I've gone back to an old-fashioned approach to make sure I get things done.
Several months ago I purchased a large white erasable board with a stand and set it up in my office. At the beginning of each week, I list all the things I need to do for my job and for my personal life. Like many people, I have an electronic organizer but I needed something larger. I wanted something I could not ignore, misplace, or lose under piles of folders and papers. The white board was just the thing. Making a list - a giant one - has made the difference in ensuring I complete certain tasks.
As the New Year begins, I want you to create a list of everything you need to do in 2008 to improve or organize your financial life. I want you to start by making the list so large you can't ignore it. Then put the list up in a place you spend a lot of time. Most importantly, the list should be in a location that has the tools you need to get the tasks done.
That last point is important because putting the list up in your bathroom might remind you every day of what you need to do, but it's unlikely you will sit on the side of your tub and make the calls needed to cross something off your list.
Not sure what to put on the list? Here are some items that can help you get in shape in 2008:
Automate. Make this the year that you use technology to straighten out your messed-up finances.
Try online banking. You can set up a system that will allow you to pay your bills on time, all the time, which will greatly improve your credit rating.
Second, automatically have money taken out of your paycheck to begin building the emergency fund you keep promising to start but never do. The money should be automatically sent to an account that is not linked to your everyday checking and savings accounts. And don't carry around an ATM card for the account.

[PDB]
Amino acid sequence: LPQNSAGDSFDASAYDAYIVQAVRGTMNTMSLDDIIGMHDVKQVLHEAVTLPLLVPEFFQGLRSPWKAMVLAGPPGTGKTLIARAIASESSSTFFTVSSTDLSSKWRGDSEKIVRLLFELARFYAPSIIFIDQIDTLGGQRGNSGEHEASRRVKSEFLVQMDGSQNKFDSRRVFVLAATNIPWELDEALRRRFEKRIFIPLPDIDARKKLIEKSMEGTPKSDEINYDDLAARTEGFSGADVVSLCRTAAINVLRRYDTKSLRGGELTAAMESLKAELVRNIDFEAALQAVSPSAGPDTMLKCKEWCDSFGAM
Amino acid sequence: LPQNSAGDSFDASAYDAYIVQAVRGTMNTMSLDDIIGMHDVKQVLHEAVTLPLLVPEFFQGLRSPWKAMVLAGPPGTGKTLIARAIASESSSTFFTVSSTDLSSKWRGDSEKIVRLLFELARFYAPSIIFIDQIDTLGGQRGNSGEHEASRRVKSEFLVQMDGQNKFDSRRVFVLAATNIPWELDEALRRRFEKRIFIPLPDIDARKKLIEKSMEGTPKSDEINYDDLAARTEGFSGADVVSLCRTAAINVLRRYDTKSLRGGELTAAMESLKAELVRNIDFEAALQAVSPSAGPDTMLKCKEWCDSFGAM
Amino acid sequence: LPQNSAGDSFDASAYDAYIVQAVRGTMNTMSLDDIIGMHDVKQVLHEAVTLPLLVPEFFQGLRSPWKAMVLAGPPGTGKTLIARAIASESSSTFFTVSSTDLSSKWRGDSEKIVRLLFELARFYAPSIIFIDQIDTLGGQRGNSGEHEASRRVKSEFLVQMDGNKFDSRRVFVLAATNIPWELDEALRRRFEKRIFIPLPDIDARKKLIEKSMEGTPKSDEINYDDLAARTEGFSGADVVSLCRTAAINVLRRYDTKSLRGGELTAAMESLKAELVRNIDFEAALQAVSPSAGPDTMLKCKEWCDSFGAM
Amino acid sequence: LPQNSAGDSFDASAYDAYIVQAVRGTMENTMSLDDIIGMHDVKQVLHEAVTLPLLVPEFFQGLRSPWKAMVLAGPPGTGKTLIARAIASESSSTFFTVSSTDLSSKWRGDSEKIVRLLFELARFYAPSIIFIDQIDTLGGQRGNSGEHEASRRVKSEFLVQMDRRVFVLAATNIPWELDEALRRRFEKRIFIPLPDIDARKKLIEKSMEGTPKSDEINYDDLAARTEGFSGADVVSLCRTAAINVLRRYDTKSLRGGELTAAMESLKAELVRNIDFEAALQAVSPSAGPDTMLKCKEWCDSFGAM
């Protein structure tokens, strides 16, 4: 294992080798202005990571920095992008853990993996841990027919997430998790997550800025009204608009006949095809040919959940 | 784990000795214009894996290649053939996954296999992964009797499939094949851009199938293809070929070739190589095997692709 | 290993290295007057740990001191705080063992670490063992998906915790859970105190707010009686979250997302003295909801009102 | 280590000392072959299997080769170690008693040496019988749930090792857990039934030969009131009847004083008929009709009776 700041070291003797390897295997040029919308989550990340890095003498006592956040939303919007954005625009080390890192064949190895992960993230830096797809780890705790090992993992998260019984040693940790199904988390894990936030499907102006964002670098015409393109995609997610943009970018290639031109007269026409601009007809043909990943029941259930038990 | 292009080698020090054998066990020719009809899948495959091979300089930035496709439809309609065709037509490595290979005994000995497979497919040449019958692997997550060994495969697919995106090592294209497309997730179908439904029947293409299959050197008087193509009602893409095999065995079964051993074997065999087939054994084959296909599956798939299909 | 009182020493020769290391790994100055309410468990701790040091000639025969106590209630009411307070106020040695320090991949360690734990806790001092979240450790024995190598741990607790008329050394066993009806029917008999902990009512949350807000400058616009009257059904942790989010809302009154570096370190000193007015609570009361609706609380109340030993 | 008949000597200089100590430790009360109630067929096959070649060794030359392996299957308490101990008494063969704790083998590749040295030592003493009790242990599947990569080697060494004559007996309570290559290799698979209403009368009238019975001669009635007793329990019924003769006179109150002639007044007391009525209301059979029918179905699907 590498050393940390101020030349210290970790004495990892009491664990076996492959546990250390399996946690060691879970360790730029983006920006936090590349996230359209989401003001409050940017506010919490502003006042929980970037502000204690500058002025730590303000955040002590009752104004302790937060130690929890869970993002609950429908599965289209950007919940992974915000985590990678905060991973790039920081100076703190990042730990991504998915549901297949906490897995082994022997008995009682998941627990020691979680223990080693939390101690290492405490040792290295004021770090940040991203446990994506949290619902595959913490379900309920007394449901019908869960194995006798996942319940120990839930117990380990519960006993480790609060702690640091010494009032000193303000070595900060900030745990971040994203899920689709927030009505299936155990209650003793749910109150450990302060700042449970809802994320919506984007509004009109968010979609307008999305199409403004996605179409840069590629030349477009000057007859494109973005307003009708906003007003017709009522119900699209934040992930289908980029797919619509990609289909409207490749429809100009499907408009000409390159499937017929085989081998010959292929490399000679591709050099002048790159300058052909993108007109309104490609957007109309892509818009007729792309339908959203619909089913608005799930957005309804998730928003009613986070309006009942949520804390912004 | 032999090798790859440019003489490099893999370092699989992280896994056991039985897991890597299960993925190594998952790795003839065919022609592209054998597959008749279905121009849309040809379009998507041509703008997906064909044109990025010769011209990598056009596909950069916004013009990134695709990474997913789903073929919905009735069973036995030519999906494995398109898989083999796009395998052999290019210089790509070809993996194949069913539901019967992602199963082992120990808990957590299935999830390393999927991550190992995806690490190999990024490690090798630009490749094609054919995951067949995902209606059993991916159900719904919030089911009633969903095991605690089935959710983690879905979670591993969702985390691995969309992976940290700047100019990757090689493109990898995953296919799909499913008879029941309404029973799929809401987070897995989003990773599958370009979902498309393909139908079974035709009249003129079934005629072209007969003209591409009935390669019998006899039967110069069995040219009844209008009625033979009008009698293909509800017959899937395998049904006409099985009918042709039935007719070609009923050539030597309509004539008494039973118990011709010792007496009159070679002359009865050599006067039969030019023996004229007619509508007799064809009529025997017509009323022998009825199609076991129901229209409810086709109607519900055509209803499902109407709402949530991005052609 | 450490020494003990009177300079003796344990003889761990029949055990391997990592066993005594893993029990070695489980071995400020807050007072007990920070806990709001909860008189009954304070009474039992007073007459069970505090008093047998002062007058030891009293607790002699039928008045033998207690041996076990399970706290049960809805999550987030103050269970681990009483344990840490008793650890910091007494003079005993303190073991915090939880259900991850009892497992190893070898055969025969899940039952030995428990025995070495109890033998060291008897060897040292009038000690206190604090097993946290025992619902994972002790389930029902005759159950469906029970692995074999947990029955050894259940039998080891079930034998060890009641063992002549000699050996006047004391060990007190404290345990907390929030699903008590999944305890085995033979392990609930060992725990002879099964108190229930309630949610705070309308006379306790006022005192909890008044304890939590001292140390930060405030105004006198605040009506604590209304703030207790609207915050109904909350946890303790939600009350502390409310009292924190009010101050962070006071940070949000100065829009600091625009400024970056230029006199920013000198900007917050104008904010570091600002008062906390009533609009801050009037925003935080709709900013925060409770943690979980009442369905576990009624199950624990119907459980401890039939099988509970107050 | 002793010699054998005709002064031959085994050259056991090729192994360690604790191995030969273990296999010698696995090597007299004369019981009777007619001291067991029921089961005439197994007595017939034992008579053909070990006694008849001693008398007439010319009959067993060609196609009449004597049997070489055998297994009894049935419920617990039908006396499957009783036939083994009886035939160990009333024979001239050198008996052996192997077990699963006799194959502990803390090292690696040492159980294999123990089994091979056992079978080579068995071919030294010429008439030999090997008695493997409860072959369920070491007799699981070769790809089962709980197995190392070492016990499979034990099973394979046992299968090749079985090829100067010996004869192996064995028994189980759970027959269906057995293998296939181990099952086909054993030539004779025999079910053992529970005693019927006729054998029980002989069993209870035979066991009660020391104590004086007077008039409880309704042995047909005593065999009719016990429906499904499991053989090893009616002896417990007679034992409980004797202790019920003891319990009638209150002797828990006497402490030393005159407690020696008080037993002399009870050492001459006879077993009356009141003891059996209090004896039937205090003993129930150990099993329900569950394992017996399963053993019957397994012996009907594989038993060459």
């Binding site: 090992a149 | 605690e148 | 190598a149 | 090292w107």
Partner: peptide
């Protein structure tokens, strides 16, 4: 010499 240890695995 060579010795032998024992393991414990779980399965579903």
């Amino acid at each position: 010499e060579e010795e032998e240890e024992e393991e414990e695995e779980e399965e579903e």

Create a budget and a net worth statement. All things financial should start with these two documents. A budget lets you know where all your money is going. Your net worth statement gives you a snapshot of what you own and owe. To download both documents, go to media.washingtonpost.com/wp-srv/business/pdf/BudgetWorksheetPost.pdf and www.washingtonpost.com/wp-srv/business/pdf/networth.pdf.
If you have credit card or student loan debt, develop a plan to aggressively rid yourself of that burden. If you can't do it yourself, contact a consumer credit counseling agency. To find one in your area, call the National Foundation for Credit Counseling at 800-388-2227, or go to debtadvice.org.
Get a will prepared or update the one you have. If you don't have the money to hire an attorney, then at the very least go to any office supply store or go online and order a no-frills will kit. Nolo.com sells basic wills online.
While you are gathering all the information for your will, prepare a "letter of instruction." This letter includes who should be contacted in the event of your death and the whereabouts of all your essential documents, such as your will, bank statements, insurance polices, checking accounts, and mutual fund statements. If you write the letter on a computer, remember to print a copy or save it to a CD.
If you haven't already, get copies of your credit reports from Equifax, Experian, and TransUnion. Everyone is entitled to a copy of their credit report from each bureau every 12 months. For more information on the free reports go to annualcreditreport.com. This is the only official website to get the free reports.
Review all your insurance policies - home, car, and life. You always want to be sure your coverage is adequate.
For example, if you have received some pricey gifts for the holidays, call your insurance company to make sure they are covered under your current policy. You might also consider raising your deductibles to cut your insurance costs.
Open your retirement statements or go online and make sure your retirement accounts are well diversified. Here's a site with some general guidance on asset allocation: 401khelpcenter.com/allocation.html.
By no means is this a complete list. But if you start with these items, you'll be a lot further ahead at the end of next year.
I know life is busy, but procrastination is one of the biggest threats to your financial well-being year after year.
Michelle Singletary is a columnist for The Washington Post. She can be reached at email@example.com.